Tuesday, October 4, 2011
A global photographer gives us a feel for the agenda and flow of a high-end workshop when he treks to China with Art Wolfe
The opportunity to study with a master photographer in the field, to see what he or she is seeing, and to travel with someone with a knowledge of the best locations and the ideal times to photograph them, are all great reasons for taking an "on-the-road" photography workshop. There's also the camaraderie—photographers live in an isolated bubble, and sharing the road with fellow lensmen and lenswomen can be a very enjoyable experience.
As part of the hundreds of interviews I've conducted with the who's who of photography, I've had the opportunity to discuss what key components make up a successful photography workshop. When it comes to outdoor photography, four of its most popular practitioners immediately come to mind: Frans Lanting, the late Galen Rowell, Jim Brandenburg and Art Wolfe.
The November 2009 issue of Outdoor Photographer featured my experience in Lanting's workshop in Santa Cruz, Calif. In 2011, I headed to China to join Art Wolfe, his assistant photography instructor Jay Goodrich and 14 students on a two-week workshop to experience firsthand Wolfe's approach to creating a high-end international workshop.
The group rendezvouses in Shanghai, where we meet Mr. Lu, our guide for the entire trip. Additionally, a local guide will join us at each location. Expert planning is essential for a successful workshop. From his years of experience, Wolfe has compiled a comprehensive list of locations and the best time of year to photograph them. With all of the logistics taken care of, our group could focus on creating strong images.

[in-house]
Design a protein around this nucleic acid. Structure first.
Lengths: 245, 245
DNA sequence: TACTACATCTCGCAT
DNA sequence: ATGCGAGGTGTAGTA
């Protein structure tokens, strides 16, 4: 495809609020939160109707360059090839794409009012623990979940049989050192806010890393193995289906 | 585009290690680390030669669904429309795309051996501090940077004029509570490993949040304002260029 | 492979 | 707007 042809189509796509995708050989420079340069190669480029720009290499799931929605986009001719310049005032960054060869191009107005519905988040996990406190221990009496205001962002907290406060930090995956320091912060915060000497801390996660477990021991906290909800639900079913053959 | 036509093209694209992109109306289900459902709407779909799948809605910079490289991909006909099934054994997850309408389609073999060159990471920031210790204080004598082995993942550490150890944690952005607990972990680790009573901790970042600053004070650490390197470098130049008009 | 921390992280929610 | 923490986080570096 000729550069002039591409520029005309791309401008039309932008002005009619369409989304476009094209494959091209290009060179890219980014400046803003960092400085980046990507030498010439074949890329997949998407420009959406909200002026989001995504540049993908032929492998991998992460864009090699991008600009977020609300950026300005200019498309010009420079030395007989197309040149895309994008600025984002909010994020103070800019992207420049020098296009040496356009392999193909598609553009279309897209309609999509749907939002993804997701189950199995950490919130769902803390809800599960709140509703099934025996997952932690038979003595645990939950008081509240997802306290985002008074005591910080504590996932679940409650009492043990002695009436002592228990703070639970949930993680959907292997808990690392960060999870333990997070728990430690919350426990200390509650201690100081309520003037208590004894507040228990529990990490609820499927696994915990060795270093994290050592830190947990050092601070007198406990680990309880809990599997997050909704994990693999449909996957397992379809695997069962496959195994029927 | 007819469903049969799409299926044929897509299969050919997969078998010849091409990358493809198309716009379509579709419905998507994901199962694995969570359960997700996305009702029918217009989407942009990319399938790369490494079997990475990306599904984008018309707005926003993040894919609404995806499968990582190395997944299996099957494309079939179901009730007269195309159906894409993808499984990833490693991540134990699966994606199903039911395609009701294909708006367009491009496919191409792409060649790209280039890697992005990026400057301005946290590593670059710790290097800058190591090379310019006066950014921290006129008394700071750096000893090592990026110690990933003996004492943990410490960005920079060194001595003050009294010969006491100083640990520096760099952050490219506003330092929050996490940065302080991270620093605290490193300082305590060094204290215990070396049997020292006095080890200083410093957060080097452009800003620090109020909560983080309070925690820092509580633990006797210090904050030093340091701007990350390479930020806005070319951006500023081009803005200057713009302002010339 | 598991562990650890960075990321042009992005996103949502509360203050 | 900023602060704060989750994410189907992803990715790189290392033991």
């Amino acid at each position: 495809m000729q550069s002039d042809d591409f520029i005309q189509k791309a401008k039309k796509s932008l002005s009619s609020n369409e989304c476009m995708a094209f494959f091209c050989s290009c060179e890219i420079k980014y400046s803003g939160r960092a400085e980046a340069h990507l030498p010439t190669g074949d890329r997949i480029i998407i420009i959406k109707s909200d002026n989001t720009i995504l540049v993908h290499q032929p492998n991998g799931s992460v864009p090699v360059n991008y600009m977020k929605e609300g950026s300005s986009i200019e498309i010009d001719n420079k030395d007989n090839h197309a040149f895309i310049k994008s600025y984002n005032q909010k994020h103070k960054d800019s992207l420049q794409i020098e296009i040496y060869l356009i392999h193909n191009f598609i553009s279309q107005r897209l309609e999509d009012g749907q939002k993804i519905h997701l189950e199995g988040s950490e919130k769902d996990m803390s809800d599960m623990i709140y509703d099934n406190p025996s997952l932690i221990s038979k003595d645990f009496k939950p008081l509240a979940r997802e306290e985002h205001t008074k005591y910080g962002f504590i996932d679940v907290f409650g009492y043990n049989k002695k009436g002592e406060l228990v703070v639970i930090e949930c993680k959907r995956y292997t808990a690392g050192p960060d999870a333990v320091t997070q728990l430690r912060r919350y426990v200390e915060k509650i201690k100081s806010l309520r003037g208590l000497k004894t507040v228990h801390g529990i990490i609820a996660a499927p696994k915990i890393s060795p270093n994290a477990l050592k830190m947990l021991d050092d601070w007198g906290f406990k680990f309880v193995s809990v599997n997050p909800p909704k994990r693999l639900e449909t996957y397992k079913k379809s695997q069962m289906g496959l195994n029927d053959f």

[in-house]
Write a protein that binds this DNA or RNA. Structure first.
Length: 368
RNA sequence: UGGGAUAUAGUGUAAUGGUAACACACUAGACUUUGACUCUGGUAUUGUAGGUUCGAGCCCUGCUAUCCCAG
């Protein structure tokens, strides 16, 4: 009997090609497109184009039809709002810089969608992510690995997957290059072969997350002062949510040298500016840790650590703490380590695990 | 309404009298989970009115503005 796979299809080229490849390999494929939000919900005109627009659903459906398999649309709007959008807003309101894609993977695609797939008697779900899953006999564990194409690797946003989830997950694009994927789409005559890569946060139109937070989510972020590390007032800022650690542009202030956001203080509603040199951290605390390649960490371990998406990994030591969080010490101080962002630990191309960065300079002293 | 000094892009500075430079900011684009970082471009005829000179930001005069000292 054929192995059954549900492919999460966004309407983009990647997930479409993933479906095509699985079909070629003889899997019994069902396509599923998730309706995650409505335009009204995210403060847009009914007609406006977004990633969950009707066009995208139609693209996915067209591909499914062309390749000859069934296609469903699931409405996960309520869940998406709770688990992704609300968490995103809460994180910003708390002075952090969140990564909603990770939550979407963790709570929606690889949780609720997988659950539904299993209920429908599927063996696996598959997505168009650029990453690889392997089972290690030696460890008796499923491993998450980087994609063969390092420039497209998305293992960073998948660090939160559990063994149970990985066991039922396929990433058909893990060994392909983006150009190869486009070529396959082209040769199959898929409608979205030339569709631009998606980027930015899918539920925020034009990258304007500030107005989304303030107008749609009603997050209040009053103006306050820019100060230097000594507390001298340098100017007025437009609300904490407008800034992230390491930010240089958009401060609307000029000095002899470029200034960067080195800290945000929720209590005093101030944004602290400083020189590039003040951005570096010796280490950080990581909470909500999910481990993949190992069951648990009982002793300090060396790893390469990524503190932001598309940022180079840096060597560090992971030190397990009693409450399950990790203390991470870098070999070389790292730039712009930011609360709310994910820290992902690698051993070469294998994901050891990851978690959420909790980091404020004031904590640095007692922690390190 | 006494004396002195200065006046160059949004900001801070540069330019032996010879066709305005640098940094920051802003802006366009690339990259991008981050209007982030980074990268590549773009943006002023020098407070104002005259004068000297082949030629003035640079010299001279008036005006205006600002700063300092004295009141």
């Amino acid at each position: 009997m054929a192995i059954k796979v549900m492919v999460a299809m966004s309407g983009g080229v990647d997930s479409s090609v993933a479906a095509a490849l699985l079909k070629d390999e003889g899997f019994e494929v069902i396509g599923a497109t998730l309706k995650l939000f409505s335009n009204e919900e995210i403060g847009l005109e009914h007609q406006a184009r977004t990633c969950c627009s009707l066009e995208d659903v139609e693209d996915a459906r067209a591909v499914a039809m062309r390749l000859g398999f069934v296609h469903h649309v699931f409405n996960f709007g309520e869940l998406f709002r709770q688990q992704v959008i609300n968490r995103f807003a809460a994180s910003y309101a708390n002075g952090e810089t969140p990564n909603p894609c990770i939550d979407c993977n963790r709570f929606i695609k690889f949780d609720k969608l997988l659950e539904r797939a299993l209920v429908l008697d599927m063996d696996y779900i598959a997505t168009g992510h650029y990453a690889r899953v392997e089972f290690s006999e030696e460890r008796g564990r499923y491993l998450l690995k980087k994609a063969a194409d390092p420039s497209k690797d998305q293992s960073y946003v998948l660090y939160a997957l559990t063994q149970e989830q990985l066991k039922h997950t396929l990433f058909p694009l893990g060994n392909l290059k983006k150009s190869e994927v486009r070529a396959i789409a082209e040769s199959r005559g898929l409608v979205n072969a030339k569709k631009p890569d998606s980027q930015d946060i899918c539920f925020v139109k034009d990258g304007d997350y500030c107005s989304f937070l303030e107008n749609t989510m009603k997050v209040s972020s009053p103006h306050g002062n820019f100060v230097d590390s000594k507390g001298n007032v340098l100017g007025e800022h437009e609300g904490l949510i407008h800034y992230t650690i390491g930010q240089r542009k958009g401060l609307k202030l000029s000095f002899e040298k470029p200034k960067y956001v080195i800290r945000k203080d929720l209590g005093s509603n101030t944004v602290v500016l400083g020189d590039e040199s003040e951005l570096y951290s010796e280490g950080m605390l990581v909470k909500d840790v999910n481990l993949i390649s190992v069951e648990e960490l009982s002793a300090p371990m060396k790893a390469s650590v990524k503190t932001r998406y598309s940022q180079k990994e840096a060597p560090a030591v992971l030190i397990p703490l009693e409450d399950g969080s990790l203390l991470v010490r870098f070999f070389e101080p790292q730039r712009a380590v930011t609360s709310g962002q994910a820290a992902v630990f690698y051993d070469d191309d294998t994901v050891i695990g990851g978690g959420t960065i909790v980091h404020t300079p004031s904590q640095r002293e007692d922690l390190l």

Anyone who has ever watched Wolfe's award-winning TV series, Travels to The Edge, knows the Seattle-based photographer likes to rise and shine on shoot days long before the sun does. We signed up to experience what it's like to be a professional outdoor photographer, and the occasional four and five o'clock wake-up calls come with the territory.
Like any other city, Shanghai comes to life with the rising sun. The beautiful morning light is something that Wolfe isn't going to let us miss. We head to a park where the denizens are practicing tai chi. Wolfe gives us a quick pep talk on how to capture the scene without interfering and how to use shallow depth of field to eliminate distracting backgrounds. In the midst of the futuristic architecture and cityscapes of China's most modern city, it's great to have the opportunity to photograph an authentic tradition from the country's ancient past.
In the late afternoon, we board an overnight train to Tunxi, the jumping-off point for Huangshan (Yellow Mountain), the mountain range that has been reproduced in Chinese paintings since antiquity and a UNESCO World Heritage Site since 1990. We use the time on the train to get to know our workshop companions—a couple from Australia, a gentleman from Canada, the rest of us from the U.S. Most have been on previous Art Wolfe workshops to destinations including Vietnam, Japan, India and the Antarctic. While for the most part the participants aren't professionals, they're serious about the photographs they create and the Canons and Nikons they attach to their Really Right Stuff and Kirk ballheads atop carbon-fiber tripods. Anyone not up on the latest gear will be by the end of a travel workshop like this.
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